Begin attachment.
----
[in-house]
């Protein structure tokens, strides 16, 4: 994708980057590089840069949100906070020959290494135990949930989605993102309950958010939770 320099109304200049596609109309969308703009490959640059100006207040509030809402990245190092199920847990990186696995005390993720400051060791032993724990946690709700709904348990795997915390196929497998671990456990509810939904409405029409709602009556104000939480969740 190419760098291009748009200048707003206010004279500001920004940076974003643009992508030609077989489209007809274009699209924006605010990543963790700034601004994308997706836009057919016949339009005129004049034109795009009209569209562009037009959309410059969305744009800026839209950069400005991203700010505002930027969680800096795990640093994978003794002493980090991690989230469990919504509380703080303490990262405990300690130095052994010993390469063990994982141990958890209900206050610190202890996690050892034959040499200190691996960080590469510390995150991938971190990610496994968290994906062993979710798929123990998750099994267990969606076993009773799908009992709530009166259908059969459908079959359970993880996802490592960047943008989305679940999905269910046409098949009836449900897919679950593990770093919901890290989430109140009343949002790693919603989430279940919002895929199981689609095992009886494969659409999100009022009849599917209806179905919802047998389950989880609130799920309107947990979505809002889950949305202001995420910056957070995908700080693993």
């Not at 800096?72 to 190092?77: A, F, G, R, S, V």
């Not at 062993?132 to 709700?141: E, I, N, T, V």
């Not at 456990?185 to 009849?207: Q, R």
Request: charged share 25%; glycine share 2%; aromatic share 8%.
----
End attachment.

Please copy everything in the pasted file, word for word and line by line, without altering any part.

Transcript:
[in-house]
């Protein structure tokens, strides 16, 4: 994708980057590089840069949100906070020959290494135990949930989605993102309950958010939770 320099109304200049596609109309969308703009490959640059100006207040509030809402990245190092199920847990990186696995005390993720400051060791032993724990946690709700709904348990795997915390196929497998671990456990509810939904409405029409709602009556104000939480969740 190419760098291009748009200048707003206010004279500001920004940076974003643009992508030609077989489209007809274009699209924006605010990543963790700034601004994308997706836009057919016949339009005129004049034109795009009209569209562009037009959309410059969305744009800026839209950069400005991203700010505002930027969680800096795990640093994978003794002493980090991690989230469990919504509380703080303490990262405990300690130095052994010993390469063990994982141990958890209900206050610190202890996690050892034959040499200190691996960080590469510390995150991938971190990610496994968290994906062993979710798929123990998750099994267990969606076993009773799908009992709530009166259908059969459908079959359970993880996802490592960047943008989305679940999905269910046409098949009836449900897919679950593990770093919901890290989430109140009343949002790693919603989430279940919002895929199981689609095992009886494969659409999100009022009849599917209806179905919802047998389950989880609130799920309107947990979505809002889950949305202001995420910056957070995908700080693993």
């Not at 800096?72 to 190092?77: A, F, G, R, S, V």
């Not at 062993?132 to 709700?141: E, I, N, T, V």
């Not at 456990?185 to 009849?207: Q, R």
Request: charged share 25%; glycine share 2%; aromatic share 8%.